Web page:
I’m not sure why I find old cemeteries so intriguing. I do know that I share this interest with many others, including more than a few bloggers. When I did a Google search on this particular fascination, I discovered that there is actually a name for those of us who consider a visit to an old – and the older the better – graveyard an essential stop on any trip: Tombstone Tourists (also, “cemetery enthusiasts,” “grave hunters,” “gravers,” or “taphophiles”).
Over the years, I have had the opportunity to visit many memorable cemeteries. Some, like the Pere Lachaise Cemetery in Paris, are known for their famous inhabitants. Most, though, are populated by those known and loved only by a relatively small circle of family and friends. And, since the graveyards I love to visit are so old, probably that small circle of people is mostly gone too.
After visiting the Colon Cemetery in Havana, Cuba a couple of years ago, I thought it would be hard to match it for size, history, and architecture. So, you can imagine my excitement (OK, maybe if you don’t share this particular passion, it may be hard to imagine my excitement) when I discovered a city cemetery while looking at a map of Oaxaca. Even better, by the looks of the area indicated on the map with little crosses, it was a big one. Yippee!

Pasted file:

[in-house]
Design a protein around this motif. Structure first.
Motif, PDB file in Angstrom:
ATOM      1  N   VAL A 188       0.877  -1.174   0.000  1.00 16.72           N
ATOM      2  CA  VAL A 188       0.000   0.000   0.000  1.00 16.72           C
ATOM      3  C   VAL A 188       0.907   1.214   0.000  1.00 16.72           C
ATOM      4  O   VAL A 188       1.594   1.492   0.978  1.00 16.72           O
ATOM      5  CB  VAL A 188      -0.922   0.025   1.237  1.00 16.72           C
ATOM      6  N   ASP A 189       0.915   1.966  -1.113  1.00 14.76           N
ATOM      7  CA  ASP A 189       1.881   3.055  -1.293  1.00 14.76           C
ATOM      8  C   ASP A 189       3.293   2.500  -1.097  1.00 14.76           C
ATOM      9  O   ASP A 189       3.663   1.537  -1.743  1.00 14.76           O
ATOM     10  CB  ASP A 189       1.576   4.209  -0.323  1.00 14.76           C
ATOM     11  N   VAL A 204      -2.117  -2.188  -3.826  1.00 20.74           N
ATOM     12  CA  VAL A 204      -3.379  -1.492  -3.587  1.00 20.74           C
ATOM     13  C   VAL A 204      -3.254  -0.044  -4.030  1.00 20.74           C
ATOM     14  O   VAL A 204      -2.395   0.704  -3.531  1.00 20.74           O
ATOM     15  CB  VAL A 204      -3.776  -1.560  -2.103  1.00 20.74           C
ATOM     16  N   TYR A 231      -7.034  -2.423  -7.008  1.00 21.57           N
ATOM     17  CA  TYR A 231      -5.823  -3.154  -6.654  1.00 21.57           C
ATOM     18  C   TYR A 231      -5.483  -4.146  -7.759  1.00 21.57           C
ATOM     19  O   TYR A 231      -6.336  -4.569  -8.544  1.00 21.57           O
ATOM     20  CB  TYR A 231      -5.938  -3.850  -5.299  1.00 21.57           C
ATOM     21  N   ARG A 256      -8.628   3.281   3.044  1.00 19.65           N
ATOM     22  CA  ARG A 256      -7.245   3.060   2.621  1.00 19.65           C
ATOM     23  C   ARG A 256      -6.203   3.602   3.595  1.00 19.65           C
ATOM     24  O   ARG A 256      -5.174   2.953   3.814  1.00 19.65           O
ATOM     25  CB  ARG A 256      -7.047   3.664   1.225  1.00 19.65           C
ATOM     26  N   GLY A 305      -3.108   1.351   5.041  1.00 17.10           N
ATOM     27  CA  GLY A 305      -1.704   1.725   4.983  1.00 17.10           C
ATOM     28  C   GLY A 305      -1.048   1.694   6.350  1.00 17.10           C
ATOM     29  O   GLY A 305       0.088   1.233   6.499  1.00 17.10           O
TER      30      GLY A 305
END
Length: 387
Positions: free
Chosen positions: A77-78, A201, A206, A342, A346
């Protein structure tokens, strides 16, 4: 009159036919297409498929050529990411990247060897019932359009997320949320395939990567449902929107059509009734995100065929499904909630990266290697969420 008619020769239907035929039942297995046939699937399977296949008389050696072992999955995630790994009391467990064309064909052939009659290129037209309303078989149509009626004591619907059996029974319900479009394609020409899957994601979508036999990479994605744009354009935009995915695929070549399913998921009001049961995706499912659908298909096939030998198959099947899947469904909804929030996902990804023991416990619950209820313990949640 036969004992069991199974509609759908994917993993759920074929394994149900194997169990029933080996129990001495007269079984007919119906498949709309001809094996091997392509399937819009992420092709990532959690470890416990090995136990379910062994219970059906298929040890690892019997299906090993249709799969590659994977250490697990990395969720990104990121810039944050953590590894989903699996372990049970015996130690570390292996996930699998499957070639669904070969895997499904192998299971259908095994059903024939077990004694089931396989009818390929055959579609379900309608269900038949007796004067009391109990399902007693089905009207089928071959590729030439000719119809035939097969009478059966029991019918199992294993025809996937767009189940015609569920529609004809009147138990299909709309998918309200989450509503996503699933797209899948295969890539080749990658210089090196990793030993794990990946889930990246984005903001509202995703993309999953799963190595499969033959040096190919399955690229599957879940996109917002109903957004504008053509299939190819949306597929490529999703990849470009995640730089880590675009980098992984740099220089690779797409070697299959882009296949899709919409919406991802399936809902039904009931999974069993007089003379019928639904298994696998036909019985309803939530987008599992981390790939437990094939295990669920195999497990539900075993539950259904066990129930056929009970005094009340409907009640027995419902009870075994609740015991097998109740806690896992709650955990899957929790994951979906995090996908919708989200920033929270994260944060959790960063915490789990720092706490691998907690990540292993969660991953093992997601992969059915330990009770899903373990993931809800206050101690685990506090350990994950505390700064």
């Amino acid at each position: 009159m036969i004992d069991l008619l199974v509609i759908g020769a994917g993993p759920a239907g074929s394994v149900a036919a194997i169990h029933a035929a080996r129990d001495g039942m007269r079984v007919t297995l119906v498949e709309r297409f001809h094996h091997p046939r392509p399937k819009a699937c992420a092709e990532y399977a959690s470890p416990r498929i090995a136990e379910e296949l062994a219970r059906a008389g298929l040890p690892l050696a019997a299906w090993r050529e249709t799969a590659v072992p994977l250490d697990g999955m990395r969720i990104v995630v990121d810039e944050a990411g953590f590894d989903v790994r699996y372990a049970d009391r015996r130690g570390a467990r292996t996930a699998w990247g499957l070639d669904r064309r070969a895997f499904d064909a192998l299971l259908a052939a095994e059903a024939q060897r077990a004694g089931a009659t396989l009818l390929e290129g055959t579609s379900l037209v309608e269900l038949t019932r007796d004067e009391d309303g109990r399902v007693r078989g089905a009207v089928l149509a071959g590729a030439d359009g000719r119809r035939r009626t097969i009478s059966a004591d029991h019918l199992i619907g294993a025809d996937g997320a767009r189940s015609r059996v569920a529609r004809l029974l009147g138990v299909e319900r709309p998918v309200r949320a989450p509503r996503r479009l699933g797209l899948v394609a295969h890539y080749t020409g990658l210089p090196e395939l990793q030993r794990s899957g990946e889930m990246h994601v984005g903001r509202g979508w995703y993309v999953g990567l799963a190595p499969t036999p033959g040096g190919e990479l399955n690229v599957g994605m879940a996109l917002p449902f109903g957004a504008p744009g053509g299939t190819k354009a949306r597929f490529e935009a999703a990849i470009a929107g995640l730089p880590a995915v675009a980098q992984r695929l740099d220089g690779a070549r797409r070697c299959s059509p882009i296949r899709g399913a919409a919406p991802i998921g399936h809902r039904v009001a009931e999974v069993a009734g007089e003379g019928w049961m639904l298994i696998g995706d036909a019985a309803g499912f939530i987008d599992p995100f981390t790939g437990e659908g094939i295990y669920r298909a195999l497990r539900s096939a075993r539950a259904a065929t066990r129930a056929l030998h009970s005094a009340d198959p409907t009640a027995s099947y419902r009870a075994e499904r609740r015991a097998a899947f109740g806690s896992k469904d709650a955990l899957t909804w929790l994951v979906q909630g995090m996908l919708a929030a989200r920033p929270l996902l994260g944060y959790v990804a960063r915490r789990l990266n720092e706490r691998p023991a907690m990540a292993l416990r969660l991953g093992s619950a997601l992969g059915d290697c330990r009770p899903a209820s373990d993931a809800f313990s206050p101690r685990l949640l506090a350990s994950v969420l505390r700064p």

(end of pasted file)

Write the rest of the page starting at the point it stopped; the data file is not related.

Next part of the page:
Oaxaca’s San Miguel Cemetery was established in 1829 because of the city’s urgent need to bury large numbers of citizens killed by a smallpox epidemic. In 1833, it again was used to bury victims of cholera. Construction of a chapel in the middle of the cemetery was started in 1839, but was suspended due to, according to a plaque, “constant rebellions that were held in that time in the city.” Suspended, and never finished (an old crumbling building… yippee, again!).
The cemetery is surrounded by tall stone walls and an interior walkway that features 100 arches and over 2000 burial niches. The gravesites, tombstones, and alters tell a rich history of religious traditions, cultural heritage, and even geology, as many of the graves show the effects of the multiple earthquakes that have occurred over the years.
During the Oaxaca’s Day of the Dead celebrations, October 31st – November 2nd, San Miguel Cemetery is blanketed with flowers, candles and alters decorate the graves, and each of the burial niches are illuminated. It is supposed to be a spectacular sight; one that I hope we will experience for ourselves in the next few years.